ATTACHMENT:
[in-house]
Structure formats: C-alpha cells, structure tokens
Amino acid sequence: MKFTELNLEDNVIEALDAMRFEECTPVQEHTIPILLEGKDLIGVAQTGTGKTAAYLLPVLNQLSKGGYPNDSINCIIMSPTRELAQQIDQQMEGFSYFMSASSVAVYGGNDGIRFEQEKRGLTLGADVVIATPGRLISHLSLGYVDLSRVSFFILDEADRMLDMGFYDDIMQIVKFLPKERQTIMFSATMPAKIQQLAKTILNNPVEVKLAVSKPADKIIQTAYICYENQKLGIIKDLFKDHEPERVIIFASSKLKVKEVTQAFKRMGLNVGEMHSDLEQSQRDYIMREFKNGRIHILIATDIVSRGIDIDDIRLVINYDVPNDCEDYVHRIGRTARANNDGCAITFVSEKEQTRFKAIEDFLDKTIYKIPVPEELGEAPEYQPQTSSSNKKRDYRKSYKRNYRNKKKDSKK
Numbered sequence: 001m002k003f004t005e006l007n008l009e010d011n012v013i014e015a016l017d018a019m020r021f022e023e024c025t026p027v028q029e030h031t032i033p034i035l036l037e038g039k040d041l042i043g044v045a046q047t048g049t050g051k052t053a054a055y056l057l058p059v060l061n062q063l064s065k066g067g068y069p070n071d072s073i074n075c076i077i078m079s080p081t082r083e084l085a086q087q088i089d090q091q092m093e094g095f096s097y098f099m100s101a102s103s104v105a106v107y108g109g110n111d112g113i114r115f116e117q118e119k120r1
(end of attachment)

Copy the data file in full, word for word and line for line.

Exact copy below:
[in-house]
Structure formats: C-alpha cells, structure tokens
Amino acid sequence: MKFTELNLEDNVIEALDAMRFEECTPVQEHTIPILLEGKDLIGVAQTGTGKTAAYLLPVLNQLSKGGYPNDSINCIIMSPTRELAQQIDQQMEGFSYFMSASSVAVYGGNDGIRFEQEKRGLTLGADVVIATPGRLISHLSLGYVDLSRVSFFILDEADRMLDMGFYDDIMQIVKFLPKERQTIMFSATMPAKIQQLAKTILNNPVEVKLAVSKPADKIIQTAYICYENQKLGIIKDLFKDHEPERVIIFASSKLKVKEVTQAFKRMGLNVGEMHSDLEQSQRDYIMREFKNGRIHILIATDIVSRGIDIDDIRLVINYDVPNDCEDYVHRIGRTARANNDGCAITFVSEKEQTRFKAIEDFLDKTIYKIPVPEELGEAPEYQPQTSSSNKKRDYRKSYKRNYRNKKKDSKK
Numbered sequence: 001m002k003f004t005e006l007n008l009e010d011n012v013i014e015a016l017d018a019m020r021f022e023e024c025t026p027v028q029e030h031t032i033p034i035l036l037e038g039k040d041l042i043g044v045a046q047t048g049t050g051k052t053a054a055y056l057l058p059v060l061n062q063l064s065k066g067g068y069p070n071d072s073i074n075c076i077i078m079s080p081t082r083e084l085a086q087q088i089d090q091q092m093e094g095f096s097y098f099m100s101a102s103s104v105a106v107y108g109g110n111d112g113i114r115f116e117q118e119k120r1